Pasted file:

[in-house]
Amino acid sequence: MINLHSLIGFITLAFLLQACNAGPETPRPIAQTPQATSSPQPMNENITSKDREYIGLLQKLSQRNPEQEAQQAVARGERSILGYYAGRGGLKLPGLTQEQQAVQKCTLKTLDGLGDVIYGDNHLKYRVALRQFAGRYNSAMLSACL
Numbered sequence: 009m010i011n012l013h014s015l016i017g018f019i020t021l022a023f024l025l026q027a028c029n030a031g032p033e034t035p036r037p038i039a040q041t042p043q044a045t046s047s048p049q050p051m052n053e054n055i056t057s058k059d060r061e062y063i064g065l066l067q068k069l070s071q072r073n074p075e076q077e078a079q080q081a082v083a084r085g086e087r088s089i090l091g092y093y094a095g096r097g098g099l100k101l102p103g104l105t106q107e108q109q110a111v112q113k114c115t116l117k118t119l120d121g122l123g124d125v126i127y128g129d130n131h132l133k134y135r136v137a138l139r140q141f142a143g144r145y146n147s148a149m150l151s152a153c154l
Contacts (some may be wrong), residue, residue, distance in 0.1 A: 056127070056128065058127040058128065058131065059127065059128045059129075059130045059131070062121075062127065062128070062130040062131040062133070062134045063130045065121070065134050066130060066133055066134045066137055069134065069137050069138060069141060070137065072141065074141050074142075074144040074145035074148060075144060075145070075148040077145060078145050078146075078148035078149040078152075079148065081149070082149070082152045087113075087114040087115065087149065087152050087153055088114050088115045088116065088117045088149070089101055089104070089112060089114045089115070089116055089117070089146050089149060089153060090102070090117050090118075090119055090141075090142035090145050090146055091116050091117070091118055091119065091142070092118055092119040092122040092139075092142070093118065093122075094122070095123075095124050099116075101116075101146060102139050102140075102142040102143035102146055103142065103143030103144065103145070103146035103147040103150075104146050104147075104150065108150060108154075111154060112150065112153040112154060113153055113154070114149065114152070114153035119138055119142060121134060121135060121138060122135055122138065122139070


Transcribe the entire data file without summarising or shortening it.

[in-house]
Amino acid sequence: MINLHSLIGFITLAFLLQACNAGPETPRPIAQTPQATSSPQPMNENITSKDREYIGLLQKLSQRNPEQEAQQAVARGERSILGYYAGRGGLKLPGLTQEQQAVQKCTLKTLDGLGDVIYGDNHLKYRVALRQFAGRYNSAMLSACL
Numbered sequence: 009m010i011n012l013h014s015l016i017g018f019i020t021l022a023f024l025l026q027a028c029n030a031g032p033e034t035p036r037p038i039a040q041t042p043q044a045t046s047s048p049q050p051m052n053e054n055i056t057s058k059d060r061e062y063i064g065l066l067q068k069l070s071q072r073n074p075e076q077e078a079q080q081a082v083a084r085g086e087r088s089i090l091g092y093y094a095g096r097g098g099l100k101l102p103g104l105t106q107e108q109q110a111v112q113k114c115t116l117k118t119l120d121g122l123g124d125v126i127y128g129d130n131h132l133k134y135r136v137a138l139r140q141f142a143g144r145y146n147s148a149m150l151s152a153c154l
Contacts (some may be wrong), residue, residue, distance in 0.1 A: 056127070056128065058127040058128065058131065059127065059128045059129075059130045059131070062121075062127065062128070062130040062131040062133070062134045063130045065121070065134050066130060066133055066134045066137055069134065069137050069138060069141060070137065072141065074141050074142075074144040074145035074148060075144060075145070075148040077145060078145050078146075078148035078149040078152075079148065081149070082149070082152045087113075087114040087115065087149065087152050087153055088114050088115045088116065088117045088149070089101055089104070089112060089114045089115070089116055089117070089146050089149060089153060090102070090117050090118075090119055090141075090142035090145050090146055091116050091117070091118055091119065091142070092118055092119040092122040092139075092142070093118065093122075094122070095123075095124050099116075101116075101146060102139050102140075102142040102143035102146055103142065103143030103144065103145070103146035103147040103150075104146050104147075104150065108150060108154075111154060112150065112153040112154060113153055113154070114149065114152070114153035119138055119142060121134060121135060121138060122135055122138065122139070